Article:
(NEXSTAR) – It’s looking increasingly likely the U.S. will see a La Niña winter this year. Is that good news or bad news? Well, it’s complicated news.

As of Thursday, NOAA’s Climate Prediction Center says there’s a 70% chance of La Niña returning between November 2021 and January 2022. (We actually had a La Niña winter last year, too. Right now we’re in a “normal state.”) So what does that mean for winter weather?

“It really depends where you are in the United States. It will vary by location,” explains NOAA climate scientist Michelle D’Heureux. “The southern tier during a La Nina is often drier than average during the winter, and that often extends into spring.”

That southern tier includes Southern California, the southwestern states, Texas, and the Gulf Coast states through to Florida. For those areas, there’s a 40% chance of below-average precipitation, D’Heureux says.

“You might think 40% doesn’t seem that large, but remember we have three possible outcomes: below average, near average and above average. It’s not a coin flip. There are three potential outcomes. That means randomly you can get 33%, so a 40% chance really does mean we favor below-average conditions.”

If you got lost in the probability there – and you couldn’t be blamed if you did – D’Heureux is basically saying the most likely outcome for the drought-plagued southwestern states is more drought this winter.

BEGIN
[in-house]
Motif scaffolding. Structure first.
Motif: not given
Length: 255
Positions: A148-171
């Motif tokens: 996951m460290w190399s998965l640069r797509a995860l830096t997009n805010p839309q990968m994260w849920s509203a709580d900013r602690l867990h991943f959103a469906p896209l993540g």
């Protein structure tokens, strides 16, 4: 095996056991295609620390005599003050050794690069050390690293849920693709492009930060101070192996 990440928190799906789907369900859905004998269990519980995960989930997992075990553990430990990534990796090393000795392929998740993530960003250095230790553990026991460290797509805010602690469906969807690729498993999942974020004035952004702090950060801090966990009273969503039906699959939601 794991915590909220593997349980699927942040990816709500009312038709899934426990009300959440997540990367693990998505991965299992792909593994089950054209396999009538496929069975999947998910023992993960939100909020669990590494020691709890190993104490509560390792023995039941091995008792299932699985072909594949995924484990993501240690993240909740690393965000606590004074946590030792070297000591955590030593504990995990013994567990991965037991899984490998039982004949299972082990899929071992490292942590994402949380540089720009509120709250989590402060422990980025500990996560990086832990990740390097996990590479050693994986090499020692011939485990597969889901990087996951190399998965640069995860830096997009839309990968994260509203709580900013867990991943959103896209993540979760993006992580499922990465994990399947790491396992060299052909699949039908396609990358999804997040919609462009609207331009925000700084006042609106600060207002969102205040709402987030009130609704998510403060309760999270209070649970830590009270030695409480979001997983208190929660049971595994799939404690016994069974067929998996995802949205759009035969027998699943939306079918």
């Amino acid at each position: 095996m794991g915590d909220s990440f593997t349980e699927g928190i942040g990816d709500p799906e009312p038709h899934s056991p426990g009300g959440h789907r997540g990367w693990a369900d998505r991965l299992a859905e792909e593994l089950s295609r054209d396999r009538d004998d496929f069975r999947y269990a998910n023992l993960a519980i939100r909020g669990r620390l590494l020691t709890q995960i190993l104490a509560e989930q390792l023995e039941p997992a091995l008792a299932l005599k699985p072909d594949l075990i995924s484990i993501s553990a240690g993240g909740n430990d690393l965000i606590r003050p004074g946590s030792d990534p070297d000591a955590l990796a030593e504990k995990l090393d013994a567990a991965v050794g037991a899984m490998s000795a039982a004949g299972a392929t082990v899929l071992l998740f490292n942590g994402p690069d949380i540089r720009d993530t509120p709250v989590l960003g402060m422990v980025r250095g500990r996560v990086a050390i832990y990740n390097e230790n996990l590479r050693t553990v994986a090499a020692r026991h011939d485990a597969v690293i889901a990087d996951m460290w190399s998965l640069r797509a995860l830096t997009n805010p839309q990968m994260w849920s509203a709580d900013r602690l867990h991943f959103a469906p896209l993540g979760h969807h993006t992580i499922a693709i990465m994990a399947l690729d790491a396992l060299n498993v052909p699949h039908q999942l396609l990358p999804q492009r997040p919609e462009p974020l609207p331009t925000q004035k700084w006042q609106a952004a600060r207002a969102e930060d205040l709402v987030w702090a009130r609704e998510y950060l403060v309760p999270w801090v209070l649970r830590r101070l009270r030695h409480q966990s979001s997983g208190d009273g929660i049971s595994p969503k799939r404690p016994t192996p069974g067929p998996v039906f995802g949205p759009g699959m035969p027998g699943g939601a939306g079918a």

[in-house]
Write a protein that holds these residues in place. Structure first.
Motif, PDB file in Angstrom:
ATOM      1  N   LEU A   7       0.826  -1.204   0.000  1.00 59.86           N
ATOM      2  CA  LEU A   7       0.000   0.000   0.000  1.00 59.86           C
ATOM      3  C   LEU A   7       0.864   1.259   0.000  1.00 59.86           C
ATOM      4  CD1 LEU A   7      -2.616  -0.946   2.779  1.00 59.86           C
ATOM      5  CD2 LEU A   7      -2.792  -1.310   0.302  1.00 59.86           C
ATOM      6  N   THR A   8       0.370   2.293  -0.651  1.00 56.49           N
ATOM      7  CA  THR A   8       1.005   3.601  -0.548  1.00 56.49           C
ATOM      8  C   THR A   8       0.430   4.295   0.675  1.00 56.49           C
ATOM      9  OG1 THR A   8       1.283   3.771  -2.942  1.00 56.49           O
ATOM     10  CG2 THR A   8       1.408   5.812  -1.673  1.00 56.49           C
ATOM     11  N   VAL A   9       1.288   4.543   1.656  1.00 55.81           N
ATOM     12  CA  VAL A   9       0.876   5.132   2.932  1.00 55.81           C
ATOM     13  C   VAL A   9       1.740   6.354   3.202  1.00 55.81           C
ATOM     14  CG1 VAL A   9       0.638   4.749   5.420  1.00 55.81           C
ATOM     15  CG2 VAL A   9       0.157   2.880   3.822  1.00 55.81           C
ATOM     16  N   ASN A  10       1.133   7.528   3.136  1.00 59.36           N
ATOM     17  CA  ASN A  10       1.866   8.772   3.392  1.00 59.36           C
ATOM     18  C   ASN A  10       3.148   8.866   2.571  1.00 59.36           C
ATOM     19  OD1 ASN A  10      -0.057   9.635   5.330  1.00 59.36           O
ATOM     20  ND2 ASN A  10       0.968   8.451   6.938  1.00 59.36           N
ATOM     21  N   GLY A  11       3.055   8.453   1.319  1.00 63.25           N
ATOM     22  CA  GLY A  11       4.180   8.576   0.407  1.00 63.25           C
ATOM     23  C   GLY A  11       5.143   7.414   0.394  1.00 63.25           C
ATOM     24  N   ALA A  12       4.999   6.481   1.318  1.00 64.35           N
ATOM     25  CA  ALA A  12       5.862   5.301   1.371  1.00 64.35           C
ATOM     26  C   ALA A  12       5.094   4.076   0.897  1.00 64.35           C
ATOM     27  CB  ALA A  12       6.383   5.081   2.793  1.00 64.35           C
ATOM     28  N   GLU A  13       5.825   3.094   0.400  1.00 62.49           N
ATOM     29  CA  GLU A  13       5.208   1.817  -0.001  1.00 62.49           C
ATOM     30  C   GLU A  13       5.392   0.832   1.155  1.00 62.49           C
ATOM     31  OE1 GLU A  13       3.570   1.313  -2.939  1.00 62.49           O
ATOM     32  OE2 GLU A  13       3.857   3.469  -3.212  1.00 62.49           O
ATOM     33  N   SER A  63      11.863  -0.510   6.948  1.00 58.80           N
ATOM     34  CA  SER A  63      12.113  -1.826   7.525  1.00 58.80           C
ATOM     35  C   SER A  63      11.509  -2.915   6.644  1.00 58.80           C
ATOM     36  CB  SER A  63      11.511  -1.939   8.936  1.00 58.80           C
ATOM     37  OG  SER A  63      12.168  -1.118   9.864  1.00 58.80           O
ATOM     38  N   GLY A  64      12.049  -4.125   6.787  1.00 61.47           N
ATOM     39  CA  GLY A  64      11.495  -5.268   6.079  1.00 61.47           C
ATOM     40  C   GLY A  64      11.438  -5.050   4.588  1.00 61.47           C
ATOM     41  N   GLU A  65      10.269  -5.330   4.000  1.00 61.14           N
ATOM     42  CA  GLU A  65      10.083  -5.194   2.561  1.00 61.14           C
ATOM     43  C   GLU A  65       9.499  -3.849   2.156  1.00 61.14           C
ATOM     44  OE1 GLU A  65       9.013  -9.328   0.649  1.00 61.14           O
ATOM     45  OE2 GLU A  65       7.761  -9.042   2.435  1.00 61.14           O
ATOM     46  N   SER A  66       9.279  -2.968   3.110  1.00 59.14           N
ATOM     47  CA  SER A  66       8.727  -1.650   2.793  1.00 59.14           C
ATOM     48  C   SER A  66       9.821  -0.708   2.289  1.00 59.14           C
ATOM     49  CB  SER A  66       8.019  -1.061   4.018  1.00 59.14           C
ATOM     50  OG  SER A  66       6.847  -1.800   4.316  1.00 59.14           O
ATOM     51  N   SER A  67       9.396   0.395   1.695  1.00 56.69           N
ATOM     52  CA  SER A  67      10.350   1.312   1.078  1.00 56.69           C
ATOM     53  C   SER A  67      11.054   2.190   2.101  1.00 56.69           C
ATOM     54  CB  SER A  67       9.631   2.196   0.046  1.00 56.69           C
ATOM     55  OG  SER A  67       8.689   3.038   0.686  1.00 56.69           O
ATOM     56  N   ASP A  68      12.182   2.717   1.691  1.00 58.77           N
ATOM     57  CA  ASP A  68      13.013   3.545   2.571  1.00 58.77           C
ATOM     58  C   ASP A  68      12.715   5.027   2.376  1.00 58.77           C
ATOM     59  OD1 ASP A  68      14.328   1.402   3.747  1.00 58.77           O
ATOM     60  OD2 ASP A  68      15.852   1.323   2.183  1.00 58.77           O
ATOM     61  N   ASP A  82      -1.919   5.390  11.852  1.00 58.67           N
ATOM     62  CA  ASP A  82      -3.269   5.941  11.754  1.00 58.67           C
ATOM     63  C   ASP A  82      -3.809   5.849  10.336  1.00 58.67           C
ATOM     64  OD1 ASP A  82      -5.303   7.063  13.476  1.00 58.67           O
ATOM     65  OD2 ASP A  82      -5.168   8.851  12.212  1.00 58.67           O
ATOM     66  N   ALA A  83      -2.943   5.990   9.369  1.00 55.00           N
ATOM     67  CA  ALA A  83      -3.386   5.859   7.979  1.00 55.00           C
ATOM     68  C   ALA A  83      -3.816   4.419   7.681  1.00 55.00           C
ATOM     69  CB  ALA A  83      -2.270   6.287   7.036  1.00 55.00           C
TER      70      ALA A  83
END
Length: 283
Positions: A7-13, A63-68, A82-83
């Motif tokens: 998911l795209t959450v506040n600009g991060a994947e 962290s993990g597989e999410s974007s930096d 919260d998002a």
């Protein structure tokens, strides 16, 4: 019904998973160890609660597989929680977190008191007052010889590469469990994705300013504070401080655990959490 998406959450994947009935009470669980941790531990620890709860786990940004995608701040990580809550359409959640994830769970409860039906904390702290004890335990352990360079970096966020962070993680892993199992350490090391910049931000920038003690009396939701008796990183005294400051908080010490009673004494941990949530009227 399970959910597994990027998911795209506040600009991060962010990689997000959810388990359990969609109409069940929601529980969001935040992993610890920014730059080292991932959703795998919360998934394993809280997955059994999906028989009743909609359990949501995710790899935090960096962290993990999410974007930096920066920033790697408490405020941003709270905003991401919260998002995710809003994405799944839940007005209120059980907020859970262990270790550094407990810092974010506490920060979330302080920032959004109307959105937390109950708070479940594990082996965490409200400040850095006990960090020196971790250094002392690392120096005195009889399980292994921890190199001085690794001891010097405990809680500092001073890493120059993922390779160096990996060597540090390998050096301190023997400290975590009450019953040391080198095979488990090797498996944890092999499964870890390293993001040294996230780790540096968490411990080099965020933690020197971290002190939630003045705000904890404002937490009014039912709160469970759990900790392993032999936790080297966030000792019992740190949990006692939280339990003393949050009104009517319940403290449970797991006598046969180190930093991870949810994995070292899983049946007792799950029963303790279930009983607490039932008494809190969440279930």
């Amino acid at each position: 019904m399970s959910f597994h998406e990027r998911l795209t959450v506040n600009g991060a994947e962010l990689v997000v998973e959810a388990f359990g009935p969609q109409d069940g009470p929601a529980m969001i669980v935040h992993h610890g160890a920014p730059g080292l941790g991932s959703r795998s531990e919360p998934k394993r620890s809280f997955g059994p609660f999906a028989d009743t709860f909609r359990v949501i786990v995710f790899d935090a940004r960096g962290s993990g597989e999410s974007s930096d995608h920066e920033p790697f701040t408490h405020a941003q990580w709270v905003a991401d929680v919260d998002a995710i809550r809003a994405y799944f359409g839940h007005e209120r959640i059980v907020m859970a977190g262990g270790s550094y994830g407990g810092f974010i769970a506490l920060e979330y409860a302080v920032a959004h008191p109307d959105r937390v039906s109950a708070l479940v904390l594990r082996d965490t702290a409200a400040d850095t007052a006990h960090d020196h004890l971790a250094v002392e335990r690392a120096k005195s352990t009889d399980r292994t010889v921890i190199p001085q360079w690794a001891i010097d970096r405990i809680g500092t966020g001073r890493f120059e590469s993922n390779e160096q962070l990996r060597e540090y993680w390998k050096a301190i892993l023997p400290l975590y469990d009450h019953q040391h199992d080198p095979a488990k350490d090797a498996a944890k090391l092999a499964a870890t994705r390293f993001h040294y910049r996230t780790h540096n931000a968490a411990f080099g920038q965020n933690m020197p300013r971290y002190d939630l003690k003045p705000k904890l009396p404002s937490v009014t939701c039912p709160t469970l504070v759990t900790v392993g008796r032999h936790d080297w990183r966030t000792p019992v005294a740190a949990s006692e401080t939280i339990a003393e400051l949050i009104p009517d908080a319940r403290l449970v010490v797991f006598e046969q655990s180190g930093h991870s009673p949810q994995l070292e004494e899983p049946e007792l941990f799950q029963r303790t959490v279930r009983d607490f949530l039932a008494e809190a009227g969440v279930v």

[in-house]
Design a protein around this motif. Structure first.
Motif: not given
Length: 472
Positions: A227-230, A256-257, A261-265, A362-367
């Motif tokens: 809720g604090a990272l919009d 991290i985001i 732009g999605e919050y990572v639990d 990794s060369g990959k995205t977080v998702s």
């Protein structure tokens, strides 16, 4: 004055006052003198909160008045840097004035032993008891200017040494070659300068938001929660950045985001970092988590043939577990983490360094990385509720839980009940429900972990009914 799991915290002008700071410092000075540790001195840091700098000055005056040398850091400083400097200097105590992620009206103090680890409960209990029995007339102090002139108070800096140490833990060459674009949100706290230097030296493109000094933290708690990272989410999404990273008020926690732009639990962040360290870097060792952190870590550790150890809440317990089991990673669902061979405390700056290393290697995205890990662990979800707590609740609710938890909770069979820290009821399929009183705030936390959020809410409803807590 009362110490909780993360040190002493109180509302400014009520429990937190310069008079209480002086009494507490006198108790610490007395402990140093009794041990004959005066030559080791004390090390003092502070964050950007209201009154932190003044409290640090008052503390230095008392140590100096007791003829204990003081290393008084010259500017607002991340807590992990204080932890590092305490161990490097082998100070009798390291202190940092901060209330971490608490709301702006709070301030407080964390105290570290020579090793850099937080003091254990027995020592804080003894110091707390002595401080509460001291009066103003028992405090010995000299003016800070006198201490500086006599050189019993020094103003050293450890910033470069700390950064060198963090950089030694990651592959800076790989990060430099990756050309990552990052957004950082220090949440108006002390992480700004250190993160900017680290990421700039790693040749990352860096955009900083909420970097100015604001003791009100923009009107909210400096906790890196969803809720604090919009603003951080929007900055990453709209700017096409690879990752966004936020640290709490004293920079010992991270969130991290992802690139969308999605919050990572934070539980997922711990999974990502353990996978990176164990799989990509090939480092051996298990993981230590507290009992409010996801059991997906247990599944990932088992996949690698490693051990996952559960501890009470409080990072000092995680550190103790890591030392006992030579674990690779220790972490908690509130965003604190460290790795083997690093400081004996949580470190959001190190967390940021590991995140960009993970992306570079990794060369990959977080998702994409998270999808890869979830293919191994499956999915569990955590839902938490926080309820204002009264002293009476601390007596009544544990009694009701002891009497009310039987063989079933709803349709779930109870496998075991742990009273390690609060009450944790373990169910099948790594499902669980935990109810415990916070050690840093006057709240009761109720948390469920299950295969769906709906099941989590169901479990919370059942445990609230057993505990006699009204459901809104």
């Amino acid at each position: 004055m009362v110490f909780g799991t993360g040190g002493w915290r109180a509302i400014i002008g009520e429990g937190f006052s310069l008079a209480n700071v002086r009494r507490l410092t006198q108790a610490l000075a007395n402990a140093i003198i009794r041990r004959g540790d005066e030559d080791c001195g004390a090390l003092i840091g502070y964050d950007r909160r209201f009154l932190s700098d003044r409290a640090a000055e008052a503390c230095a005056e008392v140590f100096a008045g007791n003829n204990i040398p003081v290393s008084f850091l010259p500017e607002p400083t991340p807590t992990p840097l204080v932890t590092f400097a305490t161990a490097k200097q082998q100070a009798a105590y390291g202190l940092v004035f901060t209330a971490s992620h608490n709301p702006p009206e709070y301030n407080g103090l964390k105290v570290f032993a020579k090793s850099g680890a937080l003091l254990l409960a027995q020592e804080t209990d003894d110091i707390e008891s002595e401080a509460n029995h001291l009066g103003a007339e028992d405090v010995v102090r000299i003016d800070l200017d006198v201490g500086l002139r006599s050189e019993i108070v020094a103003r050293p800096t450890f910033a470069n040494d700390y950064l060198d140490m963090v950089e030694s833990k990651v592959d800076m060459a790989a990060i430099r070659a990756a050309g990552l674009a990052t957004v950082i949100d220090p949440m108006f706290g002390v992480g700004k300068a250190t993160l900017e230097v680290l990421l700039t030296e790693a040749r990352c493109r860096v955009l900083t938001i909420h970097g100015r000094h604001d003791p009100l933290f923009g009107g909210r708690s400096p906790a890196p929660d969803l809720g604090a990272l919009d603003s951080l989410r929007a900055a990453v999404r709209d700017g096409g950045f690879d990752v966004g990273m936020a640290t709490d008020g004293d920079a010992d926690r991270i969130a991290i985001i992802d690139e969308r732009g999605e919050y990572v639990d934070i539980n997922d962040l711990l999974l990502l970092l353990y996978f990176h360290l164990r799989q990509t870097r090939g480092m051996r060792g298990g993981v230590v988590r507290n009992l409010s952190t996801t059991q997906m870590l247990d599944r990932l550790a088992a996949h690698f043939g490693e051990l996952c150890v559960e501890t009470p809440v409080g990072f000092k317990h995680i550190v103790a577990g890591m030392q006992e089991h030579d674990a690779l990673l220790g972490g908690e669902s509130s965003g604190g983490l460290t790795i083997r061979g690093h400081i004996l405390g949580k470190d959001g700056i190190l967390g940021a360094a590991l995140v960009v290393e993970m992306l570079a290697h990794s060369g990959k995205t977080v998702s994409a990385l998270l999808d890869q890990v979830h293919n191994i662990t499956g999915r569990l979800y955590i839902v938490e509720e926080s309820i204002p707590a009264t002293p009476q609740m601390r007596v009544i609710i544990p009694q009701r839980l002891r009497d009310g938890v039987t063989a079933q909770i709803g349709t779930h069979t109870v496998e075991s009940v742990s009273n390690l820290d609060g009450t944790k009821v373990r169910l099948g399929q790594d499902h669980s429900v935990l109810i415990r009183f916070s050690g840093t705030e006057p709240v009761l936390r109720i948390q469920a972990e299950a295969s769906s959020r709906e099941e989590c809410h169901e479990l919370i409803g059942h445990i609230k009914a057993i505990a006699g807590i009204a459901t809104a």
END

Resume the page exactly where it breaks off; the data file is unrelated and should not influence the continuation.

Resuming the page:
“La Niña doesn’t mean anything absolutely,” she says. “Just saying there’s going to be a La Nina doesn’t mean it’s going to be dry and drought. We have certainly had La Niña winters where, lo and behold, there’s more precipitation than expected. That’s just less common.”

So La Niña could mean bad news for the southwest, but the opposite is actually true for Northern California and the Pacific Northwest, where La Niña winters tend to bring more precipitation, not less. If that happens, there could be consequences for the Midwest and parts of the South later in the winter, specifically Ohio and the Tennessee Valley.

D’Heureux says to think of the atmospheric river as a body of water, but in the sky. “It’s like throwing a rock into a pond – it skips and has a ripple effect. The atmosphere behaves similarly. There’s waves in the atmosphere. That’s one of the reasons Ohio and Tennessee Valley have these ripples later in the winter.”

How La Niña affects the northeast is the biggest mystery, D’Heureux says. It’s pretty much equal chances of a wet winter and a dry winter. Only time will tell exactly how La Niña plays out — something that makes D’Heureux’s job challenging.

“Climate is not as predictable as the weather,” she laments.